With 11 studies, 1 was qualitative and 11 were quantitative. Among the 10 quantitative articles, 6 were secondary data analyses of original data.9,35–39 Three of these used cross-sectional data,36–38 1 used longitudinal data from a prospective cohort,9 1 used previously collected retrospective cohort data,39 and another used case-control.35 Of the remaining 4 quantitative studies, 3 were cross-sectional2,40,41 and 1 was a cluster randomized controlled trial.42 The 1 qualitative study included was a 3-year ethnographic study of 15 homeless women.21 Aggregate data extraction revealed across the studies there were 9 095 499 women (weighted sampling included), with an age range of 15 to 44 (mean = 24.3 years old).2,9,21,35–39,40–42 Five of the 11 studies had samples drawn from national databases.2,9,36–38 The other studies used samples drawn from New York,42 Los Angeles,40 Massachusetts,35 and North Carolina.39 Women of African descent (African, African American), Hispanic/Latina, and non-Hispanic White cisgender women (n = 8 220 262) mainly comprised collective sample demographics across the included articles. The remaining participants identified as other or as unknown (n = 875 237). Two articles failed to report aggregated race and ethnicity data.21,39 None of the articles used the 2-step method to identify sex assignment at birth and gender identity, nor did they explicitly include or sample gender expansive people. Thus, the samples from the included studies are assumed to be cisgender women (ie, women who were assigned female at birth), which the authors refer to as “women” going forward.43,44
Conceptualization and operationalization of HI
The review articles revealed inconsistencies in the conceptualization and operationalization of HI. Merrill and colleagues37 conducted a series of secondary data analyses using the Pregnancy Risk Assessment Monitoring System (PRAMS) database—ongoing state-specific surveillance that collects information on birthing individual peripartum health practices and outcomes in 31 states.45 In the PRAMS survey, HI was defined as homelessness. The Merrill and colleague studies37 operationalized homelessness as a dichotomous variable based on a participant's response to the question, “Were you homeless in the 12 months before delivery?”45 Thus, the definition of homelessness in those studies was left to the participants' interpretation.38 While this captured women who may have been homeless during that time, this measure may have inadvertently and inaccurately excluded people who believed themselves to be housed even if they were living in some form of temporary shelter, doubled up, or couch surfing. While study investigators used stratification and oversampling of underrepresented participants to decrease threats to validity caused by internal selection, this stratification process was not used throughout individual states,46 thus increasing the risk of bias. Lastly, the PRAMS survey only sends surveys to “females” with an address, affecting the selection of participants by leaving out people who may be currently homeless and people who have had sex or gender designation changed on legal documentation. This survey selection underestimates the number of people who should be included in the sample.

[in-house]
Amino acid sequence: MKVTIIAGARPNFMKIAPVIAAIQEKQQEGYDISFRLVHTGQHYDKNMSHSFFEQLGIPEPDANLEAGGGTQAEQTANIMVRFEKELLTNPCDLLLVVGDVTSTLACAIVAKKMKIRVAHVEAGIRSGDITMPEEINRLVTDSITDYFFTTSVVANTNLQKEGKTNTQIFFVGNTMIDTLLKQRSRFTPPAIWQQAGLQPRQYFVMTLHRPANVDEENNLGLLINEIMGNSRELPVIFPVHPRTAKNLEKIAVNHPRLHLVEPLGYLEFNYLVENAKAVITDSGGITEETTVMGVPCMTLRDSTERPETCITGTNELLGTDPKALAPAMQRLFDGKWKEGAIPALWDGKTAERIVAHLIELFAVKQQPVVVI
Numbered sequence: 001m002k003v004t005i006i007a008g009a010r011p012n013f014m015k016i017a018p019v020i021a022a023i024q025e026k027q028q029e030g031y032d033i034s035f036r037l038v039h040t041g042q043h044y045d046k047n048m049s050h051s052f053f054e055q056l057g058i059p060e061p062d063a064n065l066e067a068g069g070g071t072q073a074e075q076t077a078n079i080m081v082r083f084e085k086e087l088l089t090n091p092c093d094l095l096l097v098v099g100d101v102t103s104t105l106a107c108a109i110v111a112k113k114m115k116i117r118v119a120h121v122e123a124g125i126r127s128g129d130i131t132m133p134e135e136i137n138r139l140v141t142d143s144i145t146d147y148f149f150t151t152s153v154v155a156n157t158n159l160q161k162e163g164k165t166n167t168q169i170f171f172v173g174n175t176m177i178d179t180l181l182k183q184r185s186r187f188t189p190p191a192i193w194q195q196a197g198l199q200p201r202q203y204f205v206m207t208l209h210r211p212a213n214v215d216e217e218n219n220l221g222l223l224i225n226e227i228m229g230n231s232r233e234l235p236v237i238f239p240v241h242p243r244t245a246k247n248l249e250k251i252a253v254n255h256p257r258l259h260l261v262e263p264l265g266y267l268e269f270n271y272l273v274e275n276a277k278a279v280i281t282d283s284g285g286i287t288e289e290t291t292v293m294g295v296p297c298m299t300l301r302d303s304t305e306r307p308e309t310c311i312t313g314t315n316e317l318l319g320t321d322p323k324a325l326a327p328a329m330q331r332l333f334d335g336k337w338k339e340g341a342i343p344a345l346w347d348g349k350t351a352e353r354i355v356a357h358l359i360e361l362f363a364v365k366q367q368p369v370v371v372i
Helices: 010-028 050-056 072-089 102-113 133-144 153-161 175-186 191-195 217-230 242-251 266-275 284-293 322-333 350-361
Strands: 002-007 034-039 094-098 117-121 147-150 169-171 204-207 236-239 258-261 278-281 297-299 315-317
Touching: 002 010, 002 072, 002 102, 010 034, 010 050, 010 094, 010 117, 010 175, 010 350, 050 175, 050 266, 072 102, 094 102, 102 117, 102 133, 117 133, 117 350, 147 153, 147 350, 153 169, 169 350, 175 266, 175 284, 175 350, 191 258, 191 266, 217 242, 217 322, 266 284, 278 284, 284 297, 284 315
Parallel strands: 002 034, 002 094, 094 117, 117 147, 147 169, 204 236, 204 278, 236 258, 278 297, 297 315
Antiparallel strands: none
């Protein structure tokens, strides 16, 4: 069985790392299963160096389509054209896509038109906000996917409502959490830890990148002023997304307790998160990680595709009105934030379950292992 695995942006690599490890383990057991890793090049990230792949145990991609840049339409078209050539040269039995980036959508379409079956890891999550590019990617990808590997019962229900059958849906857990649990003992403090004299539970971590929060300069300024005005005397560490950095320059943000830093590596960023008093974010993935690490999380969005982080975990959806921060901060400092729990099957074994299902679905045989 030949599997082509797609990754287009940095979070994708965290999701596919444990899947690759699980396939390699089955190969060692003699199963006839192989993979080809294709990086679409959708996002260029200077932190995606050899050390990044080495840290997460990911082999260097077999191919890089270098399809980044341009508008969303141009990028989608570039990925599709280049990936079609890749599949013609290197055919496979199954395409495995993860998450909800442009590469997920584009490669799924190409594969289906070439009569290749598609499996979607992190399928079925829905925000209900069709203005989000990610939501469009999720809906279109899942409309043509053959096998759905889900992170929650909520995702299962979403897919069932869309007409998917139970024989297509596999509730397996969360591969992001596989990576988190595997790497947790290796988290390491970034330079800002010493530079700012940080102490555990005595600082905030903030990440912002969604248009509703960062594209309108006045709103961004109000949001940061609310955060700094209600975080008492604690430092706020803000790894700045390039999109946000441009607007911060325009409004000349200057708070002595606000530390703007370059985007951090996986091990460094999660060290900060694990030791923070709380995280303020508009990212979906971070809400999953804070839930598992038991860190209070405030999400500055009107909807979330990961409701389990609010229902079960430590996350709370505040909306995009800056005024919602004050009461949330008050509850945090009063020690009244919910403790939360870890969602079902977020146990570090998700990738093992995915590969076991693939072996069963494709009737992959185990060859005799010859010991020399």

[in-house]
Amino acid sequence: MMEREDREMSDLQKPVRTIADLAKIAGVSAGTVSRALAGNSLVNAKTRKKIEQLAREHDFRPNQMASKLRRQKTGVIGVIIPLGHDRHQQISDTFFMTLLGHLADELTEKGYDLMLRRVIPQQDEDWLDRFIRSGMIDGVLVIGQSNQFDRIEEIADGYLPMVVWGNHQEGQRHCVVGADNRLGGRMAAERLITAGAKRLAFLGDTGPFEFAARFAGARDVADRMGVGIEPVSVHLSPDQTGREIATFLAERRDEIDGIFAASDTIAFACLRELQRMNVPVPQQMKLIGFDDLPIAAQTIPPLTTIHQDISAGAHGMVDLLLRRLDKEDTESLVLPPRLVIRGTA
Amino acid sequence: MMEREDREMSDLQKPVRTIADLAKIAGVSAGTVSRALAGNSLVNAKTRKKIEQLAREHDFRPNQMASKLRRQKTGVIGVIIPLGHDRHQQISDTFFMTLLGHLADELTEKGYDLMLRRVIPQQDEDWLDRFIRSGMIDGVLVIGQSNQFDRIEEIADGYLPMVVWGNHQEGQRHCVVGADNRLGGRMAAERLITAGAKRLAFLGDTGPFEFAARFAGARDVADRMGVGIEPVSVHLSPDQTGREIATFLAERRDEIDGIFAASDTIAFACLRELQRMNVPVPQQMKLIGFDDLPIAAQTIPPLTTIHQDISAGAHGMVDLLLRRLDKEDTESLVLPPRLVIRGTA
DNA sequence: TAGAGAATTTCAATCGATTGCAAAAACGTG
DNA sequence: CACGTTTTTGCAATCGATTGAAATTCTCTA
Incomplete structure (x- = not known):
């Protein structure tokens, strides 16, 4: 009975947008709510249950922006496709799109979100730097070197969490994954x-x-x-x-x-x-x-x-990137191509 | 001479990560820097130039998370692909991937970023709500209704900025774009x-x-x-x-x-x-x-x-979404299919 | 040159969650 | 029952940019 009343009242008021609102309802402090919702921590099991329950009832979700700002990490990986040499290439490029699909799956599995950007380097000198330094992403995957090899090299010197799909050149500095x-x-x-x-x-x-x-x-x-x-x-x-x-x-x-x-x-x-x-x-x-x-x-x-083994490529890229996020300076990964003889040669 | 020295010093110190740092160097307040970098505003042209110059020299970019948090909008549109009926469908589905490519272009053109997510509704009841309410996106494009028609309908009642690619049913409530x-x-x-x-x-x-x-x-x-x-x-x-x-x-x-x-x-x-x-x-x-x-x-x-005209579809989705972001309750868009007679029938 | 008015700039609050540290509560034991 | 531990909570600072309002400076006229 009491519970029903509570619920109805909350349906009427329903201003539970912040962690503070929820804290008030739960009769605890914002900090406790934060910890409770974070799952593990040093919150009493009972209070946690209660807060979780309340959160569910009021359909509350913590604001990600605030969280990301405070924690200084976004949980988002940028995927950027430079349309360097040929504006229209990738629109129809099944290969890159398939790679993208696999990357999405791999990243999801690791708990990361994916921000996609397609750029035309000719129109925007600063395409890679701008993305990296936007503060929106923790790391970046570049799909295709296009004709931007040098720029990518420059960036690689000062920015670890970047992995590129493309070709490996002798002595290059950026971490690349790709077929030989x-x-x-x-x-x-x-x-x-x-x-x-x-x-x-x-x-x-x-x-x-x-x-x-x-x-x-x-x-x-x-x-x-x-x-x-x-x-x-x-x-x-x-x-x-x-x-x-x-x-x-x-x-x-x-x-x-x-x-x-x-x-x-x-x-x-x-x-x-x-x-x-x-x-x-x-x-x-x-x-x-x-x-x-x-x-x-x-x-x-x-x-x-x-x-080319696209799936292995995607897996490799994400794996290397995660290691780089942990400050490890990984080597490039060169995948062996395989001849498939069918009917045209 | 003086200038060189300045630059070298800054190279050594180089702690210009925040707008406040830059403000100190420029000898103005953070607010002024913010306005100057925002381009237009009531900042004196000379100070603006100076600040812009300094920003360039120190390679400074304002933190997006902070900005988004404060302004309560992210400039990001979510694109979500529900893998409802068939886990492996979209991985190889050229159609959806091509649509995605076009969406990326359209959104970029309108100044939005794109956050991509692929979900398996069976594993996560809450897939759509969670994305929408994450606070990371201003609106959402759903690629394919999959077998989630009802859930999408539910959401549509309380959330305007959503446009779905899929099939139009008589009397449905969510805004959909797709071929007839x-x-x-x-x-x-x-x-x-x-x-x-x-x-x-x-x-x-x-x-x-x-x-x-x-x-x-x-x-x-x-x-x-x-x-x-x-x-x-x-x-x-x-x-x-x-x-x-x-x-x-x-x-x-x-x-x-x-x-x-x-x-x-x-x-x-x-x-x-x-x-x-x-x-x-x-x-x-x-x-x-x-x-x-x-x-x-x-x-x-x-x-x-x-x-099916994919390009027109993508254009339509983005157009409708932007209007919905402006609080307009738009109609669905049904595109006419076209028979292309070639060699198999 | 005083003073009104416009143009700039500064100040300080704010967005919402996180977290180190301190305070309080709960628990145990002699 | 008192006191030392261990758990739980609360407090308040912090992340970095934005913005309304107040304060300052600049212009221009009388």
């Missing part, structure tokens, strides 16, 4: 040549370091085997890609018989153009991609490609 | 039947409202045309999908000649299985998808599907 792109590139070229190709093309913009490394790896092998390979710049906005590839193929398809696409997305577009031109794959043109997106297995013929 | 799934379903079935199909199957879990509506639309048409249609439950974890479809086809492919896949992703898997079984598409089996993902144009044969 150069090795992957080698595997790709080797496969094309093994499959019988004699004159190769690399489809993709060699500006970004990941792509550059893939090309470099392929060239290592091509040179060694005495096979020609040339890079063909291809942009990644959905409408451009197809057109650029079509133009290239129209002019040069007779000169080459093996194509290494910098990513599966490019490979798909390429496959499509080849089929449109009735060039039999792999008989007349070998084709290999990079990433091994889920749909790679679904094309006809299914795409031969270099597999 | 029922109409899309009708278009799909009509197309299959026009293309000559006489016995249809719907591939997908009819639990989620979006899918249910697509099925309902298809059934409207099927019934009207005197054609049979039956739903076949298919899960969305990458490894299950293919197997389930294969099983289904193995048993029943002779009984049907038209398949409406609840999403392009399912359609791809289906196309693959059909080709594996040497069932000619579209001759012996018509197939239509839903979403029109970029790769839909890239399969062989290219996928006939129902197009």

Cutts et al2 offered a more comprehensive conceptualization of HI as homelessness, which included living in a shelter, motel, transitional housing, or no steady place to sleep at night. The researchers operationalized homelessness as a dichotomous variable based on participant responses to the question “Were you ever homeless or did you live in a shelter when you were pregnant with this child” and “Since your child was born, has s/he ever been homeless or lived in a shelter?”2 Stein and colleagues41 also offered a comprehensive conceptualization of HI by describing homelessness as spending any of the past 30 nights in homeless-related housing. Homeless-related housing included (a) in a mission, homeless shelter, or transitional shelter, a hotel paid for by a voucher, a church or chapel, an all-night theater or other indoor public places, an abandoned building, a vehicle, the street or other outdoor public place or (b) in a rehabilitation program for homeless people and also stayed in one of the settings mentioned in (a) during any of the 30 nights before entering the program.41 This conceptualization provides a clearer understanding of the meaning of HI, but just as the studies from Richards and colleagues,38 the outcome response is dichotomous, making it difficult to parse out differences in outcomes across the HI spectrum.36,37,41
Rather than offering a detailed conceptualization for HI/homelessness, Pennbridge et al40 identified eligible unstably housed study participants as pregnant adolescents who use pregnancy services at local high-risk clinics living with or not living with family. The Clark et al35 study used HI and homelessness interchangeably and defined homelessness as being without housing due to specific causes, such as fire, flood, domestic violence, no-fault eviction, or substantial health and safety risk for a child. Generally, operationalization and conceptualization of HI varied widely among the included studies. Additionally, variation in periods of HI was inconsistent, ranging from 30 days to 1 year.
Collecting data in real time from birthing individuals experiencing HI is limited by concerns of participant vulnerability in conducting research studies and the challenge of feasibly obtaining large enough sample sizes. This challenge leads researchers to rely on previously collected national healthcare or health statistics data.48 As a result, many included studies relied on predictive modeling using large datasets to infer outcomes.2,9,36–39,41,42 From the 11 studies reviewed, 4 reported birthing individual outcomes, 9,21,35,40 and the remaining 7 reported infant health outcomes. Findings will be described in those 2 domains as previously defined under the umbrella of pregnancy outcomes.